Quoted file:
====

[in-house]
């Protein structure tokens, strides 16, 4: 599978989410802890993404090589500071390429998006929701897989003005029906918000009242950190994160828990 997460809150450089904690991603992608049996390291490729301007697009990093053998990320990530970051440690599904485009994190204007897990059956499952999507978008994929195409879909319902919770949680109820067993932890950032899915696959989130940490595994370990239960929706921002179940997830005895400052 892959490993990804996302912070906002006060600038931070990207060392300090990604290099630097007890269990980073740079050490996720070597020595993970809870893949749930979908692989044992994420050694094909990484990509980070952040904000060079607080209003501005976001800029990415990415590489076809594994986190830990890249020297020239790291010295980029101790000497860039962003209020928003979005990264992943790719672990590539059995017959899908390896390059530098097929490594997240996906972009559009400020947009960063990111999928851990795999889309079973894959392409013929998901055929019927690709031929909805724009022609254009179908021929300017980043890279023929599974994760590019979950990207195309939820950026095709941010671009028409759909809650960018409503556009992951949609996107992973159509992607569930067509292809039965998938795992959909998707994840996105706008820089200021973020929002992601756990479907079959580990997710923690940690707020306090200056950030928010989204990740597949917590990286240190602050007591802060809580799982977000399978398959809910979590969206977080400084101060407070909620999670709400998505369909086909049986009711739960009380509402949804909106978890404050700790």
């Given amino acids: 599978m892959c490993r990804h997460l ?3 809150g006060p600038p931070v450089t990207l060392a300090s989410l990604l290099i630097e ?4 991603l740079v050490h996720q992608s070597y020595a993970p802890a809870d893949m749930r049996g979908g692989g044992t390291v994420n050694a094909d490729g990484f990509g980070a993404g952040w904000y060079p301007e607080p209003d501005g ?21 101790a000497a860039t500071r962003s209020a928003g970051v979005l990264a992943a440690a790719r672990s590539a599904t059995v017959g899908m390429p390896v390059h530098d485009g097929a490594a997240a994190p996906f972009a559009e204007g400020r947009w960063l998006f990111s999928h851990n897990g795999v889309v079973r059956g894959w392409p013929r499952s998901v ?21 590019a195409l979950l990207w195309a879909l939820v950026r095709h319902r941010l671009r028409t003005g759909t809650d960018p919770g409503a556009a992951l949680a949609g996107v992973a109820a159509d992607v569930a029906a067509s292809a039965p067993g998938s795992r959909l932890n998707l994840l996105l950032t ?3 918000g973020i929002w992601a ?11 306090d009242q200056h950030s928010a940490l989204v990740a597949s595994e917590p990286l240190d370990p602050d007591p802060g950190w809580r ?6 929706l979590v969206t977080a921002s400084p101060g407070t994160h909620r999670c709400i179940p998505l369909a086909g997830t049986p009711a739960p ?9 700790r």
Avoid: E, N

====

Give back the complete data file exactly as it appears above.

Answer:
[in-house]
């Protein structure tokens, strides 16, 4: 599978989410802890993404090589500071390429998006929701897989003005029906918000009242950190994160828990 997460809150450089904690991603992608049996390291490729301007697009990093053998990320990530970051440690599904485009994190204007897990059956499952999507978008994929195409879909319902919770949680109820067993932890950032899915696959989130940490595994370990239960929706921002179940997830005895400052 892959490993990804996302912070906002006060600038931070990207060392300090990604290099630097007890269990980073740079050490996720070597020595993970809870893949749930979908692989044992994420050694094909990484990509980070952040904000060079607080209003501005976001800029990415990415590489076809594994986190830990890249020297020239790291010295980029101790000497860039962003209020928003979005990264992943790719672990590539059995017959899908390896390059530098097929490594997240996906972009559009400020947009960063990111999928851990795999889309079973894959392409013929998901055929019927690709031929909805724009022609254009179908021929300017980043890279023929599974994760590019979950990207195309939820950026095709941010671009028409759909809650960018409503556009992951949609996107992973159509992607569930067509292809039965998938795992959909998707994840996105706008820089200021973020929002992601756990479907079959580990997710923690940690707020306090200056950030928010989204990740597949917590990286240190602050007591802060809580799982977000399978398959809910979590969206977080400084101060407070909620999670709400998505369909086909049986009711739960009380509402949804909106978890404050700790």
């Given amino acids: 599978m892959c490993r990804h997460l ?3 809150g006060p600038p931070v450089t990207l060392a300090s989410l990604l290099i630097e ?4 991603l740079v050490h996720q992608s070597y020595a993970p802890a809870d893949m749930r049996g979908g692989g044992t390291v994420n050694a094909d490729g990484f990509g980070a993404g952040w904000y060079p301007e607080p209003d501005g ?21 101790a000497a860039t500071r962003s209020a928003g970051v979005l990264a992943a440690a790719r672990s590539a599904t059995v017959g899908m390429p390896v390059h530098d485009g097929a490594a997240a994190p996906f972009a559009e204007g400020r947009w960063l998006f990111s999928h851990n897990g795999v889309v079973r059956g894959w392409p013929r499952s998901v ?21 590019a195409l979950l990207w195309a879909l939820v950026r095709h319902r941010l671009r028409t003005g759909t809650d960018p919770g409503a556009a992951l949680a949609g996107v992973a109820a159509d992607v569930a029906a067509s292809a039965p067993g998938s795992r959909l932890n998707l994840l996105l950032t ?3 918000g973020i929002w992601a ?11 306090d009242q200056h950030s928010a940490l989204v990740a597949s595994e917590p990286l240190d370990p602050d007591p802060g950190w809580r ?6 929706l979590v969206t977080a921002s400084p101060g407070t994160h909620r999670c709400i179940p998505l369909a086909g997830t049986p009711a739960p ?9 700790r």
Avoid: E, N